Hey, Nate: There Is No ‘Rich Data’ In Women’s Sports by Allison McCann. It only seems fitting that a few days before this weekend’s MIT Sloan Conference on Sports Analytics Conference, the “it” place to learn about and discuss sports data, that we learn about the amazing dearth of data collected and published about women’s sports.
Analyzing Email Data by Austin G. Waters. A great deep dive into the 23,965 emails that Austin has collected in his personal account since 2009. I won’t spoil it, but this post just keeps getting better and better as you scroll. Bonus points to Austin for describing his methods and open-sourcing the code he used to conduct this analysis.
The App That Tricked My Family Into Exercising by Adam Weitz. Not a lot of data in this post, but I enjoyed the personal and social changes Adam described through his use the Human activity tracking app.
Smart Art by Natasha Dzurny. Using IFTTT and a few littleBits modules Natasha created a piece of artwork that reflects how often she goes to the gym. Would love to seem more DIY data reflections like this!
How does weather affect U.S. sleep patterns? by Sleep Cycle. Sleep Cycle analyzed 142,272 sleep reports from their users (recorded in January of 2015) to explore mood upon awakening, stress levels before bed, and sleep quality. Fascinating stuff.
HHS Expands Its Approach to Making Research Results Freely Available For the Public
Many Patients Would Like To Hide Some Of Their Medical Histories From Their Doctors
Doctors say data fees are blocking health reform
From the Forum
Best ECG/EKG Tool for Exercise
BodyMedia API – Anyone have an active key/application?
Sleep monitor recommendations for research on sleep in hospitals
Simplified nutrition, alertness, mood tracking
Greg Kroleski has been tracking his time for the past six years, starting when he was 20-years old. Using a spreadsheet he designed himself he collects how much time he spends in eight different categories: Survival, Labor, Social, Spiritual, Mind, Expression, Body, and Distraction. In this talk, presented at the San Francisco QS meetup group, Greg describes the data he’s collected and what he’s learned about where his time goes. If you’re interested in applying his tracking methodology he’s graciously put his spreadsheet template online here.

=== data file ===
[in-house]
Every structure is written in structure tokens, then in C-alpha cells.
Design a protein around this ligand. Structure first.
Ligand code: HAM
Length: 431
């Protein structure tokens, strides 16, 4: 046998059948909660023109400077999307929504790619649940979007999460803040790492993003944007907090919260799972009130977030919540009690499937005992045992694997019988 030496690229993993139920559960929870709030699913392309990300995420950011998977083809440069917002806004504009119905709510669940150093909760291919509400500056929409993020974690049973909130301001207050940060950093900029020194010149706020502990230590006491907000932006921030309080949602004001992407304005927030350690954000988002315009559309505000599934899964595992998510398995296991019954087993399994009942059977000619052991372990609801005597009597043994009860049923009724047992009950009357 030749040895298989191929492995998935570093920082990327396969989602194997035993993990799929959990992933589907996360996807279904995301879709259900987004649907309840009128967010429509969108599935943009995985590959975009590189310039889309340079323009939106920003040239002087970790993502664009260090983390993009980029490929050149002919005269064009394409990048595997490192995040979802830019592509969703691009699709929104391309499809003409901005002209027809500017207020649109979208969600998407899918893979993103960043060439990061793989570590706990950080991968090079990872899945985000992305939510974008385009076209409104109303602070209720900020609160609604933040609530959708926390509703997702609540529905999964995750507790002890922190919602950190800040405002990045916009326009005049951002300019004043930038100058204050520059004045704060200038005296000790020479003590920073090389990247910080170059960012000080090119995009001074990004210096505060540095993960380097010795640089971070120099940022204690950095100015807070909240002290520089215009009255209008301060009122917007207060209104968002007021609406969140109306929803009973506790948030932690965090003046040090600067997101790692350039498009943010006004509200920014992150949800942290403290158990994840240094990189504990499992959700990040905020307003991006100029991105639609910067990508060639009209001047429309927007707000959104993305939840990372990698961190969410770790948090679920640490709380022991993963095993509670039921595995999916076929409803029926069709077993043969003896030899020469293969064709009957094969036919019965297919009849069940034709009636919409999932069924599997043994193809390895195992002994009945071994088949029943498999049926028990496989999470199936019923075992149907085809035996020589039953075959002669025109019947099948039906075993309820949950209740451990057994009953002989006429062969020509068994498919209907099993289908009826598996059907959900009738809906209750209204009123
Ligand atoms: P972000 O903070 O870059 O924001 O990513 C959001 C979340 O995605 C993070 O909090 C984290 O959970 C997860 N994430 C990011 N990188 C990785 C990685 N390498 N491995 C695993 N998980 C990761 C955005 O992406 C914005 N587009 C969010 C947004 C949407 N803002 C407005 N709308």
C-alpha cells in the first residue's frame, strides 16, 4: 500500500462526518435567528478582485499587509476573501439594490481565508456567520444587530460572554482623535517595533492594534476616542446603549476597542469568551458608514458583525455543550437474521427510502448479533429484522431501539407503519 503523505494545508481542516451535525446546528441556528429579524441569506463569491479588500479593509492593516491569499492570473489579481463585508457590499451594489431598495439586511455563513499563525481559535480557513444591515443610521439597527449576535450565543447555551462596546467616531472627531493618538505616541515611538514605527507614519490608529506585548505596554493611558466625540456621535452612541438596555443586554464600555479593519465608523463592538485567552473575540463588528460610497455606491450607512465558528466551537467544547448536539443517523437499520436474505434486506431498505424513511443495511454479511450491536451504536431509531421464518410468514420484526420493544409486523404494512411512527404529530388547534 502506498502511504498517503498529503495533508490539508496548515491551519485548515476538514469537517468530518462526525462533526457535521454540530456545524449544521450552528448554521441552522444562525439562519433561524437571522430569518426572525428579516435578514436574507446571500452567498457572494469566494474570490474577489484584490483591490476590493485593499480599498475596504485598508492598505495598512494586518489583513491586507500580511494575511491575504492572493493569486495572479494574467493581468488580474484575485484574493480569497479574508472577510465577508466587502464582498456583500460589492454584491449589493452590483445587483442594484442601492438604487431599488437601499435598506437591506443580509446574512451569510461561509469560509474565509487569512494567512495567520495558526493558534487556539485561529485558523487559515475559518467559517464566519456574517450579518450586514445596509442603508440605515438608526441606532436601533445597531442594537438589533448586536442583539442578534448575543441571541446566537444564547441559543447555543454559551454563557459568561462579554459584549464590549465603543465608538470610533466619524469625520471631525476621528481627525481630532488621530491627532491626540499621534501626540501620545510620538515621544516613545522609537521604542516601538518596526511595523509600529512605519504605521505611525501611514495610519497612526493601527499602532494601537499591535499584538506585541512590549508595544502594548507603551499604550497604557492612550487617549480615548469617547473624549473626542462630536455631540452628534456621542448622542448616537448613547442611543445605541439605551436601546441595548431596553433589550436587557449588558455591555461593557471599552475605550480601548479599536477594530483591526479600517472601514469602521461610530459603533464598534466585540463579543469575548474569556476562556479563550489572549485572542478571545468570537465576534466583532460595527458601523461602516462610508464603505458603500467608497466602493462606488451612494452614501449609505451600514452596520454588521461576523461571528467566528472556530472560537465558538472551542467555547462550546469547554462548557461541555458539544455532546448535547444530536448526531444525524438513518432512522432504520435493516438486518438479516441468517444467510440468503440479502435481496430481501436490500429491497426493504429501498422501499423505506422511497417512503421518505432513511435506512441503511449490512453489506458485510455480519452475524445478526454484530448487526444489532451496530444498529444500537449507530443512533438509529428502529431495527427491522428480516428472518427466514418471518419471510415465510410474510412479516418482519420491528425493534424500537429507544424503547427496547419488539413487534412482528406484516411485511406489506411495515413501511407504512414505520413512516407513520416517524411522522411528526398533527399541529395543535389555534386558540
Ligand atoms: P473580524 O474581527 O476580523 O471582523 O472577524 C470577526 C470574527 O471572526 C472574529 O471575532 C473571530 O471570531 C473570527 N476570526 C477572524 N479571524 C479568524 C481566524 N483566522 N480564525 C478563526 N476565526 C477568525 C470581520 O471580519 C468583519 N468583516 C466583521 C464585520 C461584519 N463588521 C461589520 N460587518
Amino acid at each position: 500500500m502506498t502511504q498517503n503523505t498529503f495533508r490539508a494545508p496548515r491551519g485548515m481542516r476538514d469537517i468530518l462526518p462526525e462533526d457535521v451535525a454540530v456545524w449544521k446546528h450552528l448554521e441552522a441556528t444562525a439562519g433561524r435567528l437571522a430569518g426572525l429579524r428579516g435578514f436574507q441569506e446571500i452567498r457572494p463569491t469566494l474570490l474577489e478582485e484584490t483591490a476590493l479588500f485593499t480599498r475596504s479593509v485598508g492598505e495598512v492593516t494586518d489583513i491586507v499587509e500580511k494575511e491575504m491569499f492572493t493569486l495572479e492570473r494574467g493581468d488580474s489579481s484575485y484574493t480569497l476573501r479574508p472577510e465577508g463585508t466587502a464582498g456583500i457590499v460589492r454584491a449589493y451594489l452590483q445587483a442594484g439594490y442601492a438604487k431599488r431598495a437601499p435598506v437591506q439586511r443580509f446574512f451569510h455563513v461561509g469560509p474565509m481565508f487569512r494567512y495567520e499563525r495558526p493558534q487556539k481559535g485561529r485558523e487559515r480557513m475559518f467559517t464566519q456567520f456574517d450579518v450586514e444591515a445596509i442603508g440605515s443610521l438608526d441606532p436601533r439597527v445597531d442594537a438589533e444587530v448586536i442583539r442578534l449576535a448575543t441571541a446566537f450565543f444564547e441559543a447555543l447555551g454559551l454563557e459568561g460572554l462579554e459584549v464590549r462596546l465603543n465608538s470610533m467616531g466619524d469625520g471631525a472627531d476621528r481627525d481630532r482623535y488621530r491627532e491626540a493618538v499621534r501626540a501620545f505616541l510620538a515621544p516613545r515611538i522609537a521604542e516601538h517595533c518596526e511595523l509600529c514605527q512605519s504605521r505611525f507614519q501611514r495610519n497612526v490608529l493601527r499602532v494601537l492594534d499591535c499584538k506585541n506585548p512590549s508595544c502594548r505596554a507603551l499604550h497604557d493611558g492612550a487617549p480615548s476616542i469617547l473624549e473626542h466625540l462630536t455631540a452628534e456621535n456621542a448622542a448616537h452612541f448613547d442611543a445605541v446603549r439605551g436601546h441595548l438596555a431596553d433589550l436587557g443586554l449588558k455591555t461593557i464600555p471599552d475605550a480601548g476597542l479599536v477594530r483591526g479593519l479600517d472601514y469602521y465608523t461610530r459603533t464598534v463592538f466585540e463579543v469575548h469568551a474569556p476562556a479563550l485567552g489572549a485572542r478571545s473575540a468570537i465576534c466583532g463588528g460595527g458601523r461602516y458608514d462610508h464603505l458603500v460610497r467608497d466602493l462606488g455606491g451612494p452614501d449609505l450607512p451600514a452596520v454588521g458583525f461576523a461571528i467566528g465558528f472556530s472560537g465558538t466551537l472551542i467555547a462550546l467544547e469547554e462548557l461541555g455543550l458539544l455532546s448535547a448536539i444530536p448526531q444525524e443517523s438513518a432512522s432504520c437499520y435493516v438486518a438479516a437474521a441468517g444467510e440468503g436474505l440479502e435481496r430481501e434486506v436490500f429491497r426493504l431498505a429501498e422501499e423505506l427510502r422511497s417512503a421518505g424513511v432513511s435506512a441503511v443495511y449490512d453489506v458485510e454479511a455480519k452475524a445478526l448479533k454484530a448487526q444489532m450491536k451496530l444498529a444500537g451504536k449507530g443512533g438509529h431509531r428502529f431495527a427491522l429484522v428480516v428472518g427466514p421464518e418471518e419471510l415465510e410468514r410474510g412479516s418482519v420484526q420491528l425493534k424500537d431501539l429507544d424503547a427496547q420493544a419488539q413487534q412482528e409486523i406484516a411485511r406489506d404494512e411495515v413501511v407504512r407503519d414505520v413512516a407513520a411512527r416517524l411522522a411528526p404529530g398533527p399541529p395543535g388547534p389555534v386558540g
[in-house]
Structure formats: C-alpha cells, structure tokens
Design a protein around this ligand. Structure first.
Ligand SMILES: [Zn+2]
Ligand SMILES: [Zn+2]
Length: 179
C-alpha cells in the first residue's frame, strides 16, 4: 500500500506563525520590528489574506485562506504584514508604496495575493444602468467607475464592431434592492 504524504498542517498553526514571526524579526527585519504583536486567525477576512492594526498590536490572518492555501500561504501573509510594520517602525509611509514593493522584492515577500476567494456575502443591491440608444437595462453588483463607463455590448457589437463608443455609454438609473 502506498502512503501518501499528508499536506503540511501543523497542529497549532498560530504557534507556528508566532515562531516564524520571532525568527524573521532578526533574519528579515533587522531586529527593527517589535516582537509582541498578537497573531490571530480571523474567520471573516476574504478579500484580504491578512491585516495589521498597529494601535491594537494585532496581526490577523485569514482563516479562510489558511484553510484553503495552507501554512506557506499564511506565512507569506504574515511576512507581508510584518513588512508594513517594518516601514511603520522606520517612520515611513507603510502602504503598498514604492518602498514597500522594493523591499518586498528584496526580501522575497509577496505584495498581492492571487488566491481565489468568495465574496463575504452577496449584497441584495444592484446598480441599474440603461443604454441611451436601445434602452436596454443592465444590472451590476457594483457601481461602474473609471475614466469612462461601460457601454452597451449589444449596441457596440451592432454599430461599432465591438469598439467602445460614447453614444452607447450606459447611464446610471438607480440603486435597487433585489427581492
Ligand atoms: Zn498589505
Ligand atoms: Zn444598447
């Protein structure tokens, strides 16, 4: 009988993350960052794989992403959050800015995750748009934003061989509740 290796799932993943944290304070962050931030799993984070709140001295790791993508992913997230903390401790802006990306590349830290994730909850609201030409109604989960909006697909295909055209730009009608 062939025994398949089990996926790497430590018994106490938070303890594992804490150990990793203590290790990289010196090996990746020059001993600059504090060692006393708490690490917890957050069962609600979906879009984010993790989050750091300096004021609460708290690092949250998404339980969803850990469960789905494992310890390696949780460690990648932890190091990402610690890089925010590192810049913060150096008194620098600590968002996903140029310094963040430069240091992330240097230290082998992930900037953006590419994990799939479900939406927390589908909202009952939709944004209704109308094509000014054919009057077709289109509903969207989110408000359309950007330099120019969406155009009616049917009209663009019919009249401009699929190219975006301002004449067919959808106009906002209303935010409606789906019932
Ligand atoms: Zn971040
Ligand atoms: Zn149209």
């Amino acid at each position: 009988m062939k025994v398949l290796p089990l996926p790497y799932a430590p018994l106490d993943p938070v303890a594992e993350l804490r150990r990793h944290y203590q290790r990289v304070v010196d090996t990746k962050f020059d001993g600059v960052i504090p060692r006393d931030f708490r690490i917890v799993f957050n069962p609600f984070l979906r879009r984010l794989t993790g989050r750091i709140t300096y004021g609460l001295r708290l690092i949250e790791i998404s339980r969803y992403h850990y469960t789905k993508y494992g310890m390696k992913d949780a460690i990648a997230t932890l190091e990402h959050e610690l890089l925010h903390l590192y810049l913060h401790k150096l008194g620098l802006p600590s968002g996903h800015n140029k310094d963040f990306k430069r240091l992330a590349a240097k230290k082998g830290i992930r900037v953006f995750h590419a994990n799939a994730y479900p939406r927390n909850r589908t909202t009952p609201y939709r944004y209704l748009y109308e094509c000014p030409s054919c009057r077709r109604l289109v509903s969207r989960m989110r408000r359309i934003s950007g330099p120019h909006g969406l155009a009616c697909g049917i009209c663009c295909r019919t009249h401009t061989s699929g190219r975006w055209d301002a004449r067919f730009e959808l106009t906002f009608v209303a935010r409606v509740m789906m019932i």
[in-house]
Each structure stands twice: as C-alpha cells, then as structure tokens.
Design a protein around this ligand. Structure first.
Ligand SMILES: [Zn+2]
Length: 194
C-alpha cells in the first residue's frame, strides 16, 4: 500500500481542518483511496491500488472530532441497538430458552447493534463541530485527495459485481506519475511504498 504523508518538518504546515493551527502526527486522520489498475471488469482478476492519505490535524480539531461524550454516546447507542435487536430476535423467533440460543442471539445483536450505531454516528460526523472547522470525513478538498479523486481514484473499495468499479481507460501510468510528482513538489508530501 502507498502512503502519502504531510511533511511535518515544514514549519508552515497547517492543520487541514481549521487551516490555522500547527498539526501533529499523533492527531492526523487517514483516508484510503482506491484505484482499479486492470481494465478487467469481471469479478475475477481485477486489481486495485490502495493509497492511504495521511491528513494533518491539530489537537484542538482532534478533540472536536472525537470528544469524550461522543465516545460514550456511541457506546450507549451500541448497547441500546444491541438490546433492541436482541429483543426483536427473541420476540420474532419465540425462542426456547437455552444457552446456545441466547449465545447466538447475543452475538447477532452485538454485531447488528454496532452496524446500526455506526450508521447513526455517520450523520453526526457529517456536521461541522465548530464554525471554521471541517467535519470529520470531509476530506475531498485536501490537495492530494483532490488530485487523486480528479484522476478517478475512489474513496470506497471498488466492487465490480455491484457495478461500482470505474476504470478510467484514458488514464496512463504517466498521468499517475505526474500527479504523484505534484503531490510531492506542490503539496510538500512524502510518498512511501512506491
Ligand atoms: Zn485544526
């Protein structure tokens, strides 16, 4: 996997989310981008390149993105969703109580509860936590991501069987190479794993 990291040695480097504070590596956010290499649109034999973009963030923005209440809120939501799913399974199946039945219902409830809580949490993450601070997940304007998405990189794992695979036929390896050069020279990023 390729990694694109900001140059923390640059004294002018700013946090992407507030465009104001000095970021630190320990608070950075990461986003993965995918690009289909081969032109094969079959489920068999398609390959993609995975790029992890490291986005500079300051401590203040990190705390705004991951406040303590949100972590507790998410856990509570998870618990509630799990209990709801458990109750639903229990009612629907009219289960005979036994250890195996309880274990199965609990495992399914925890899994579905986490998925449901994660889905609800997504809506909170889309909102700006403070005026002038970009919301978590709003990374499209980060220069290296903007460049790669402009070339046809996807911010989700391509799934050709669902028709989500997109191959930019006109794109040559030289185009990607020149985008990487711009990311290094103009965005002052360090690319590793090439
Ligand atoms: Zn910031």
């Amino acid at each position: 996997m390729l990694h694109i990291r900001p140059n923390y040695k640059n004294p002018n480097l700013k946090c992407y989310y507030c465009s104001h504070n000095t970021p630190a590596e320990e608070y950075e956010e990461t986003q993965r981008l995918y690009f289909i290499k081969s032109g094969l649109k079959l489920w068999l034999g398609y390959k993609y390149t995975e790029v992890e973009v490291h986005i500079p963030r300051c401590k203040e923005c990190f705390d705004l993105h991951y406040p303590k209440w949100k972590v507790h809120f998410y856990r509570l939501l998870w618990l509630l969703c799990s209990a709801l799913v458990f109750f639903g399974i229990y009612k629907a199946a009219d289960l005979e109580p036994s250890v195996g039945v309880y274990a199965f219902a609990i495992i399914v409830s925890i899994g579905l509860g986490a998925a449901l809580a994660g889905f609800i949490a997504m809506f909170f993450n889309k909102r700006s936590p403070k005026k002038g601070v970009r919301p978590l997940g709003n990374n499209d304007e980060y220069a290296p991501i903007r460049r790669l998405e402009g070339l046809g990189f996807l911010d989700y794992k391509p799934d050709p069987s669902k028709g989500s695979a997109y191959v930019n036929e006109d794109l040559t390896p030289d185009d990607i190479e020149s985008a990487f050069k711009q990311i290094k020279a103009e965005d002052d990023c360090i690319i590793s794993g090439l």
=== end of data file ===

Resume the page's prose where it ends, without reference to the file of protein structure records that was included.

In our Access Channel we’re trying to expose ideas, efforts, and insights about personal data access and it’s role in both generating personal and public insights. The last time we wrote about data donation we mentioned a few different projects that allowed you to collect and/or publish your self-tracking data for others to view and access. Today we’re going to showcase a few research-focused projects that collect personal data, but also allow participants to access the data they contribute. This seemingly minor addition, participant access to data, is actually a process not commonly employed by research studies. We’re very interested in new participatory models of research that respect participant’s rights to fully understand and access the data they contribute. If you know of others please get in touch and we’ll add them to the list.
Personal Genome Project: Harvard
Probably the most well-known of these research projects is the ongoing Personal Genomes Project based at Harvard University (PGP). Led by George Church and an outstanding team, the PGP is an ongoing research project recruiting participants to “share their genetic, health, and trait data in a public and non-anonymous manner. Participation is free.
Much like the project above, the American Gut project is an open call for participant to collect and share their data. In this case it is human microbiome data. Although enrollment is not free (they request donations starting at $99 to participate) data is returned to participants. (If you’re interested in participating in microbiome research, but live in Europe see the British Gut project)
Dynamics of the Human Microbiota
This new project, based out of Stanford, is also exploring the human microbiome. This study includes a variety of different perturbations and longitudinal data collection. Participants are compensated for their participation, their data is made accessible to them, and they have the opportunity to discuss their results with the study staff.
For those of you interested in research methods and ethics we recommend reading this brief article by Jeantine E. Lunshof, George M. Church, and Barbara Prainsack: Raw Personal Data: Providing Access